Agents of Change in Old-industrial Regions in Europe (ACORE)

Town map in Lauchhammer, Germany

The main focus of ACORE is the agency of change in old industrial regions. This is important because many old industrial regions in Europe have been „left behind“ and became places of discontent. To address these issues, we need a better understanding of regional development, formation of new development paths, and the role of human agency in development path creation. We study cases in the East and the West to reflect on the diversity of Europe and to bridge the existing divides. These cases show the diversity of regional challenge in Europe. In spite of such diversity, there is something in common in these cases. All studied places face the challenge of creating a new path into the future. This can happen when local actors mobilise ideas, resources, and support across various economic and political networks. Often, agents of change have to act against various structural, institutional, and cultural legacies to create new perspectives and shared visions of future. The ACORE team would like to share our ideas and findings.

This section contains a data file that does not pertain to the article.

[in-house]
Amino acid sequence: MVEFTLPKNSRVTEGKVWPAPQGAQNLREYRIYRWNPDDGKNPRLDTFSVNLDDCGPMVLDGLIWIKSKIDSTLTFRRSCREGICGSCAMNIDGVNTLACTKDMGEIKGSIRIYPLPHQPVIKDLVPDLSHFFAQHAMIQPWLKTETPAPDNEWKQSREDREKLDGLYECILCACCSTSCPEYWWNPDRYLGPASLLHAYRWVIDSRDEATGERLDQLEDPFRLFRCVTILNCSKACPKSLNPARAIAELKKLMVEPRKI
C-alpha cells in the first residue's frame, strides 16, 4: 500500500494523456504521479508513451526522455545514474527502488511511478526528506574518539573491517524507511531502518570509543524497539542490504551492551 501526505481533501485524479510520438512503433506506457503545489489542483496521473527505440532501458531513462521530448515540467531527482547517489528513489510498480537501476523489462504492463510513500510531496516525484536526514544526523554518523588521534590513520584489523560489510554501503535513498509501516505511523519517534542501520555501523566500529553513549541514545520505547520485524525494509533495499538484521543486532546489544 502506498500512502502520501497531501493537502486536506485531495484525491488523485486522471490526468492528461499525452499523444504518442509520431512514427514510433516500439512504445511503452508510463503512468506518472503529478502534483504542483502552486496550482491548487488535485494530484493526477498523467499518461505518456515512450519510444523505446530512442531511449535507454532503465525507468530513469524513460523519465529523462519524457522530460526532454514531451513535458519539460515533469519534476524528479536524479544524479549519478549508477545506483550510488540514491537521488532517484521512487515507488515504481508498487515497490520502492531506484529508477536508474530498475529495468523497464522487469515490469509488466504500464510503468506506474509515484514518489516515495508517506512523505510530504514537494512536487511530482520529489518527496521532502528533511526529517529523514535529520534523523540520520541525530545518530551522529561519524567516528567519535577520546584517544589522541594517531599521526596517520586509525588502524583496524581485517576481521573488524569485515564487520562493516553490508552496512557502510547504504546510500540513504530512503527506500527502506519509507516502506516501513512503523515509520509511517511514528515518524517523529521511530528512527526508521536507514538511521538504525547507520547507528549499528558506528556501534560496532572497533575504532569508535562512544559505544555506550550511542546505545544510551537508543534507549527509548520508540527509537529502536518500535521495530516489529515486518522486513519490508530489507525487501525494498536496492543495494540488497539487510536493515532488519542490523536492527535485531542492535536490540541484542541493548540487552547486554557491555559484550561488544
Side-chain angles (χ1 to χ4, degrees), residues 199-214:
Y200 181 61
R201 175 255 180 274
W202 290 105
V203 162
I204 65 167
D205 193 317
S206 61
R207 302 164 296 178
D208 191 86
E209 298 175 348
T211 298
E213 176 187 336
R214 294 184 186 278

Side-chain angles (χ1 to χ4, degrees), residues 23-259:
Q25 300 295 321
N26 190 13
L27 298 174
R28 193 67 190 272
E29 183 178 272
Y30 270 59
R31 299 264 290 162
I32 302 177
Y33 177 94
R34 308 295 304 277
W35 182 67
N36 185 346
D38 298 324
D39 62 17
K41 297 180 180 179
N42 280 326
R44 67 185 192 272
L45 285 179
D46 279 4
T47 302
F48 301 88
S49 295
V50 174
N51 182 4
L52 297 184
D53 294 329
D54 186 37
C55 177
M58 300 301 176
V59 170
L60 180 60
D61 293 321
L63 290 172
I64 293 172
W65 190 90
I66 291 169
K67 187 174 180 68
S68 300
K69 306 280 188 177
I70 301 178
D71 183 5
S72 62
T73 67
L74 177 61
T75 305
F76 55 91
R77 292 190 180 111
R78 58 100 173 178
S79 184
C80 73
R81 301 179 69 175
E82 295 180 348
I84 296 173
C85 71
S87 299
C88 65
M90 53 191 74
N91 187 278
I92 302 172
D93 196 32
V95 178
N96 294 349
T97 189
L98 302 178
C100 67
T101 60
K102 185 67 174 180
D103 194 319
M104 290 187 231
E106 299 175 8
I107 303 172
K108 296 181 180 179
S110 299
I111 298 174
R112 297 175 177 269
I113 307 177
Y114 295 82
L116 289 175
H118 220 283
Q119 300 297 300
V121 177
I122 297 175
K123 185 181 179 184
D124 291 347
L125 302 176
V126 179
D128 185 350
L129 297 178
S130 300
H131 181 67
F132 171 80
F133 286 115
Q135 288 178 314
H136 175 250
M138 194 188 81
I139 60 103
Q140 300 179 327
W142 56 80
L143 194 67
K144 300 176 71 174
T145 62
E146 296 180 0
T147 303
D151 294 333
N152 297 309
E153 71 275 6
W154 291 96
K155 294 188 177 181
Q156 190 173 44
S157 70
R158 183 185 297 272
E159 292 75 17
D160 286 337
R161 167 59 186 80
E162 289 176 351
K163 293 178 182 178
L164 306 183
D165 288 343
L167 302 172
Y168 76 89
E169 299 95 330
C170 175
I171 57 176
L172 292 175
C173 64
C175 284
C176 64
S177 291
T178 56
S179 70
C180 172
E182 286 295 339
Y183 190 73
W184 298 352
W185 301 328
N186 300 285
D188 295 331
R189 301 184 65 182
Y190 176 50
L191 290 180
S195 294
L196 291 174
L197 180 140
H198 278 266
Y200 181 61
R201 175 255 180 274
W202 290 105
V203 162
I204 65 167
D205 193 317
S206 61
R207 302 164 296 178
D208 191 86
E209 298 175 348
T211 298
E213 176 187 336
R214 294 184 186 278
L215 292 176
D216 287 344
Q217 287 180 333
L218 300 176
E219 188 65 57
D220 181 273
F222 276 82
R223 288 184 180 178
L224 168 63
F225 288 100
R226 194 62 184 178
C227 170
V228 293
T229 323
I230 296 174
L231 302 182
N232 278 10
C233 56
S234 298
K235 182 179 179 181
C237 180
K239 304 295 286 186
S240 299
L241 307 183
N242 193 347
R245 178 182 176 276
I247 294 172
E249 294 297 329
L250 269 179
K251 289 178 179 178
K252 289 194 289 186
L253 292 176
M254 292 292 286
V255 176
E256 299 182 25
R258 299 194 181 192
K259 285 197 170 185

Dĕčín and Teplice, Czechia

Jan Píša and Vladan Hruška (Jan Evangelista Purkyně University in Ústí nad Labem, Czechia):

“In this research we observe how important is the former industrial orientation and the degree of its diversity. Two case study towns, Dĕčín and Teplice, seem to be quite successful in the re-orientation of their development paths. Traditional industries have adapted successfully to the conditions of global competition. Some local firms became the leaders on the national or international markets. We also observe significant growth in the services sector, accompanied by the recovery of industrial and cultural heritage sites. Successfully revived and newly established firms as well as other non-economic agents of change are sometimes strongly embedded in their place and in addition to their own interests, they make a substantial contribution to local development. In other case study towns, the picture is different as changes are based rather on weakly coordinated agencies of individuals. These differences can be explained by a combination of many historical and geographical factors resulting in different constellations of networks between local agents. While more successful towns were relatively diversified (in terms of their economic structure) and open to influences from outside even during their industrial era, other towns were until recently heavily dependent on lignite mining, which influenced the social composition of the population and the institutional settings.”

Tatabánya, Hungary